The exhibit "The Love of my Heart"

Into the Depths of Who We Truly Are

We publish a letter from one of the guides of "The Love of My Heart," an exhibit presented by the CL community of Dublin at the Royal Dublin Society Conference Centre.

I look at the work done to prepare for the Pope’s visit reading Amoris Laetitia, Disarming Beauty by Julián Carrón, and assembling the exhibition as a great gift. When we had the panels physically mounted at the congress, I remember asking whether or not people would actually come and if something new could come out of it.

Then the time of my first guided tour came. I was with two ladies–one I knew (she is the mother of one of my daughter’s schoolmates) and one I didn't from Carlow. I walked with them through the panels, through the journey that we ourselves tried to make, through the points of chapter 13 of Disarming Beauty, and I slowly saw the face of the lady I didn’t know becoming more and more fixed on me, her eyes locked with mine often in what might have been mutual understanding.

I briefly recalled the five points of the exhibition, consisting mostly of how I saw them through my own personal journey and the anthropological crisis we are knee-deep in, the crisis of our relationship with reality when it is reduced to appearances. I was focused on the possibility that our heart is the key to overcoming the crisis, the possibility for each of us to rediscover what holds true, first and foremost by going into the depths of who we truly are. But it was only in front of the panel in which we see the picture of the woman at the well with Jesus that something sparkled … she had five men and none of them understood the thirst that constituted her ... only that Man could claim to be the answer for that thirst for fullness of life.

And the question arose from the woman I didn’t know: “Is it possible for a couple to live this even if it’s only one of the two that sees it?” I told her, “maybe,” and I added that “my life is so much more beautiful when my husband lives his own relationship with God in his own life; then his gaze on me is so different that I can't help desiring to see it every day.”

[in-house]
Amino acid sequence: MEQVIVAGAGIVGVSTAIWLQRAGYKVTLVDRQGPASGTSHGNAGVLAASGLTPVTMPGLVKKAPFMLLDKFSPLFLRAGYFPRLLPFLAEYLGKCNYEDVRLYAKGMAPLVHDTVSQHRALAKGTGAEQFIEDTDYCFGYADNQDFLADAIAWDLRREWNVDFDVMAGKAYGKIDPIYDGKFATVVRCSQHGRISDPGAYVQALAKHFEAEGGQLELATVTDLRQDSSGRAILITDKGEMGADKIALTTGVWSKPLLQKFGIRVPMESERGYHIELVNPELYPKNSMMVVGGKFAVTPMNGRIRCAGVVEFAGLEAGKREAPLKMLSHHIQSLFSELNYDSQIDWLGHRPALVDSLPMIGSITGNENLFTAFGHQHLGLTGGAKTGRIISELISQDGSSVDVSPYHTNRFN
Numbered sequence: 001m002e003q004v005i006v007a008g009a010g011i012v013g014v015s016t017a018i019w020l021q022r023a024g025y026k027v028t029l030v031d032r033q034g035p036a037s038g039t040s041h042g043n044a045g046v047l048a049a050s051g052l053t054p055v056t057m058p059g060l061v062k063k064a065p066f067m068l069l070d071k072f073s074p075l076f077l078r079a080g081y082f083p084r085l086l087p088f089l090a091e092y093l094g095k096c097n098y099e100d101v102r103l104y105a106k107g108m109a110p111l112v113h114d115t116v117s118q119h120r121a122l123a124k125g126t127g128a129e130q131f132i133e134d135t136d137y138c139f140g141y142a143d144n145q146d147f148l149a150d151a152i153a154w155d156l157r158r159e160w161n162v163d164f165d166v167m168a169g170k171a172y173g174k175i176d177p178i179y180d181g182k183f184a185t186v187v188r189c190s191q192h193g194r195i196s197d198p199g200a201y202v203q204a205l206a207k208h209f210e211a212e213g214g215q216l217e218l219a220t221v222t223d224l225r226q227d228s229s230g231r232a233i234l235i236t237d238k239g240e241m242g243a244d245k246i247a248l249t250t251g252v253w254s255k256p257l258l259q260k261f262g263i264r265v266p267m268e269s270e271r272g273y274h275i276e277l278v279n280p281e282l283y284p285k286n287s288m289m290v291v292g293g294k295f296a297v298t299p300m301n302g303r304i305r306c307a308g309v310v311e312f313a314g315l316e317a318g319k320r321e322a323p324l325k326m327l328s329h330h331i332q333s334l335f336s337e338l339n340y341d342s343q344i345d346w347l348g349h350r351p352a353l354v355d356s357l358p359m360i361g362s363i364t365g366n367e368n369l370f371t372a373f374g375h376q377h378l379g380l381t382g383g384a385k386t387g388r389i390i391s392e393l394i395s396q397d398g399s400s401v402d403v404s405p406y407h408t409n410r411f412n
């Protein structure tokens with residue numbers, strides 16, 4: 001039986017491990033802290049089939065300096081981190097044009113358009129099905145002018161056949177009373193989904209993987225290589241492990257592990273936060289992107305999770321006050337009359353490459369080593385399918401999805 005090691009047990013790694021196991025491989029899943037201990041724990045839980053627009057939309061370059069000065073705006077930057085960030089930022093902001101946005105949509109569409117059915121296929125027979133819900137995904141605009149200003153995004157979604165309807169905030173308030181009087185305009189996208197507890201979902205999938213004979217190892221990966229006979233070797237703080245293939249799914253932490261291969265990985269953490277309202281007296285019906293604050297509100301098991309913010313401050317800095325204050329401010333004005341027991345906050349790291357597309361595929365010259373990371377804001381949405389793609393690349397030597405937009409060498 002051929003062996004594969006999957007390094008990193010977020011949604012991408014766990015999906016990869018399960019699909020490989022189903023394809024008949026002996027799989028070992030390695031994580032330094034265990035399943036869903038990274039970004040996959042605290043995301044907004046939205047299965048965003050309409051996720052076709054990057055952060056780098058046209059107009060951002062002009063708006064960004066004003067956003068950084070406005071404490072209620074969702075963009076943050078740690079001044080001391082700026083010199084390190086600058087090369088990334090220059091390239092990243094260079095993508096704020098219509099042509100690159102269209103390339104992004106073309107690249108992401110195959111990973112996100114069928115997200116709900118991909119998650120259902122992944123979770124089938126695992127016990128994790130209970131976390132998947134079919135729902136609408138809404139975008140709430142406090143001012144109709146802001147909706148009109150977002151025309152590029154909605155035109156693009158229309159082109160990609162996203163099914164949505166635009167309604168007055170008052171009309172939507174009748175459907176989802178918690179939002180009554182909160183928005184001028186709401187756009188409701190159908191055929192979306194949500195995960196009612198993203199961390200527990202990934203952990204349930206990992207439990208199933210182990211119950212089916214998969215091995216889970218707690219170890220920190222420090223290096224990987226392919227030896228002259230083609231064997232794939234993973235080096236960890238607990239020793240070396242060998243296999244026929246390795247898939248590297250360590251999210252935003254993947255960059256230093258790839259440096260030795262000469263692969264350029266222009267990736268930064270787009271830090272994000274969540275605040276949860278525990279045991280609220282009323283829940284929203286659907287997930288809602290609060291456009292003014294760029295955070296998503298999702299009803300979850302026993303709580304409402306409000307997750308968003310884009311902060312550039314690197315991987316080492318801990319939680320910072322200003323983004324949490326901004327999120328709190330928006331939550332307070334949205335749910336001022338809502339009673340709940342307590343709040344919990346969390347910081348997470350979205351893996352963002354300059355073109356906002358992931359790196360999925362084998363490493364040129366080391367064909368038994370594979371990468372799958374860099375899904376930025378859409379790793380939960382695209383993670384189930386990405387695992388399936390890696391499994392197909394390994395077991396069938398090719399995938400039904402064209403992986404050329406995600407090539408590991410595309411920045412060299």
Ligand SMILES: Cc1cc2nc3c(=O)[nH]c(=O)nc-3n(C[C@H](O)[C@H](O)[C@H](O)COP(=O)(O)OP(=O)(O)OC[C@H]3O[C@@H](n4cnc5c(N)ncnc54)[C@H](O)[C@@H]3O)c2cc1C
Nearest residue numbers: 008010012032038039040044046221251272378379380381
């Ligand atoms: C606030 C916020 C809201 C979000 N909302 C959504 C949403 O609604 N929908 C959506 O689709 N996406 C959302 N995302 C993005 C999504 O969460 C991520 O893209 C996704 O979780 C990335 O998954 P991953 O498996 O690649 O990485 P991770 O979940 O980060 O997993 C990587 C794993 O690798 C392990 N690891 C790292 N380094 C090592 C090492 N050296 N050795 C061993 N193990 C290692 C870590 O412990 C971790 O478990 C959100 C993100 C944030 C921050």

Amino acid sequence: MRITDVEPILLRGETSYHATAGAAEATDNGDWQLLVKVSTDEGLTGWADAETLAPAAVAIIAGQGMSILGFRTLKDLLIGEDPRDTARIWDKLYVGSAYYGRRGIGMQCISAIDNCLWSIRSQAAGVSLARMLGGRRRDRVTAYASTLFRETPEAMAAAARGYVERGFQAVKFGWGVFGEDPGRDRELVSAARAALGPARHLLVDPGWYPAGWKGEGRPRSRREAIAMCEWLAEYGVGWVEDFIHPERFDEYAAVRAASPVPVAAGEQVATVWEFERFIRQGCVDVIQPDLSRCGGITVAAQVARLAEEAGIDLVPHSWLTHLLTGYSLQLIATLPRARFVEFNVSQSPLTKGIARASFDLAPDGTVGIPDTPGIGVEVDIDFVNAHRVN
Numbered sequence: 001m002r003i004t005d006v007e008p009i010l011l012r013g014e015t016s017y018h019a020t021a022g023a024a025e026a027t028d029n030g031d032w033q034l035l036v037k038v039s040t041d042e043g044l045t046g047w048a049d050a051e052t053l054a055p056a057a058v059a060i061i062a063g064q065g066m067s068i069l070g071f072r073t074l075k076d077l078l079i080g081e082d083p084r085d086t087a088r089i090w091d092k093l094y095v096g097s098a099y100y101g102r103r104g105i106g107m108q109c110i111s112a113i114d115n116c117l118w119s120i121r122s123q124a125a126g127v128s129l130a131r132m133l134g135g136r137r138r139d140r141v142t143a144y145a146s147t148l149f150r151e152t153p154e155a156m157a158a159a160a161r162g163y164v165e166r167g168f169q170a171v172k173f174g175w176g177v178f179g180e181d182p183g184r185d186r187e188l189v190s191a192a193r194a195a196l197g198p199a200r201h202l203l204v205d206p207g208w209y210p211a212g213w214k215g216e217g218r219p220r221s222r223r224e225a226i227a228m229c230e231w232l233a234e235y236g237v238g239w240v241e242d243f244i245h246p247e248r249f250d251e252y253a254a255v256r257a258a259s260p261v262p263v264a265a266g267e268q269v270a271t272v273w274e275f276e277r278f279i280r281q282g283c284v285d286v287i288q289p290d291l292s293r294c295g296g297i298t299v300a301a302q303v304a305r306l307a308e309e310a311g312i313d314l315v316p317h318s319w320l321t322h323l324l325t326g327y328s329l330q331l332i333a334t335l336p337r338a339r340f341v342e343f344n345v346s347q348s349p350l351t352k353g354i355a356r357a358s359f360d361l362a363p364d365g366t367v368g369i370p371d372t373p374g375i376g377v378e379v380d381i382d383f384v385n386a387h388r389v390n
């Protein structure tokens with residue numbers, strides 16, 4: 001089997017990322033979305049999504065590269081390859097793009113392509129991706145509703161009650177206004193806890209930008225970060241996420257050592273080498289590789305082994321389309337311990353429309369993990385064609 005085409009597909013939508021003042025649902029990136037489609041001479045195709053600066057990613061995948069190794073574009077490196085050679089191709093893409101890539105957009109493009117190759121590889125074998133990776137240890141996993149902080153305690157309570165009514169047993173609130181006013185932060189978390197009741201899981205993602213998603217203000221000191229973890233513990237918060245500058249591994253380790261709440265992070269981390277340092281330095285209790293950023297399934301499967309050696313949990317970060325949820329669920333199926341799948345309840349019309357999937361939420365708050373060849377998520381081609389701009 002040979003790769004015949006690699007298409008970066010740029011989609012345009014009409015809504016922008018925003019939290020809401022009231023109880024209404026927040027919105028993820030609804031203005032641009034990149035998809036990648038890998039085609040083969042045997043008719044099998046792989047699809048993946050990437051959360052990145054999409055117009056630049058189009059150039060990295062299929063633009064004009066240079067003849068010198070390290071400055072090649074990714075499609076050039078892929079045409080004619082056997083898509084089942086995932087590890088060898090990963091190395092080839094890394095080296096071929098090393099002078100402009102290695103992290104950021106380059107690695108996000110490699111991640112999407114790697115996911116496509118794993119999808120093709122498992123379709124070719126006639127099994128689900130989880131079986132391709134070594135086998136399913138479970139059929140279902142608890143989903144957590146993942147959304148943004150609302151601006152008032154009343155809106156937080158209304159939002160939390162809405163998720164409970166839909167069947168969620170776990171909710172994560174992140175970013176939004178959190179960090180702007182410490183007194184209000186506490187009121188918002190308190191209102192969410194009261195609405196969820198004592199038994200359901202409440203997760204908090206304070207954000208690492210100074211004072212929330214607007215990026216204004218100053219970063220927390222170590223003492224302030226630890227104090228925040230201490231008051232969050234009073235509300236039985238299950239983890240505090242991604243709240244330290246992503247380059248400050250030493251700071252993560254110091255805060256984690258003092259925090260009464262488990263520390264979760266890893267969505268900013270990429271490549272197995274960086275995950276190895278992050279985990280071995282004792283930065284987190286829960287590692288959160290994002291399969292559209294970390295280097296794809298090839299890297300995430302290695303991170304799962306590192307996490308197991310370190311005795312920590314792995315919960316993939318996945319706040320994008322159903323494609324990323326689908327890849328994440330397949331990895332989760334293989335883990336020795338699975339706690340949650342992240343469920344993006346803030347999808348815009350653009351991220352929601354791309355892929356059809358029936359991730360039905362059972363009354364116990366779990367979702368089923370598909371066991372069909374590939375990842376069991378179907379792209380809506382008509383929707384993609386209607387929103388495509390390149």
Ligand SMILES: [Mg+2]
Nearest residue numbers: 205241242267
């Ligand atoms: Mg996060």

She thanked me and said, “I came here with a real question for myself and my marriage and even if what I met at the World Meeting of Families was only this it would be enough.” She asked me, “Is there any information I can have about this, where I can read more about it?” I gave her the booklet of the exhibition.

She walked away with the booklet. She came back several hours later, after I had already left, with the booklet in her hand, and told Rita who was still there at the stand: “I read it all and I saw the personal testimonies at the end. I read the one by Chiara … she says that what helped her and her husband through a period of crisis was not a session with a couples counselor but the Spiritual Exercises. What are those Spiritual Exercises? Where are they and when do you do them? Can I come?”

The fact that someone noticed and was interested enough to follow through was sufficient proof for me that we really don’t fully know what we carry, not only for people outside the Christian community, but even among us.

I also gave a tour of the exhibition for a couple and a priest from Sri Lanka in the same group as my mother-in-law. At the end of the exhibition the priest asked several times who Julián Carrón was, what is the title of the book where the things we had on the panels had come from, and how we came across it. The couple and the priest were particularly moved by the last section of the exhibit in which we say that the church is important for the family because it is the place where people can exist in the ambit of a greater love and meet the experience of the fullness of faith … When the tour was over they thanked me “for being for us the witness one of the panels speaks about,” and added, “even your mother-in-law is pleased with you; for us in Sri Lanka this is a difficult and important relationship.”

The priest and the couple returned the next day, and the priest asked me if he could get the book the exhibition is based on. He said he wanted to read it and maybe present it in Sri Lanka. He also left his contact details.

This opportunity ultimately gave me another way to verify what Carrón said to me many years back: “You are here begging for the crumbs that fall from the table even though you are invited to the banquet, but to understand this you need to work.” My own family is a place where He is a presence in my life, so much so that this presence can become meaningful even for others. I hope to live my work and everything else with the same awareness of the relationship with the Mystery I experienced working on the exhibition.

Chiara, Dublin, Ireland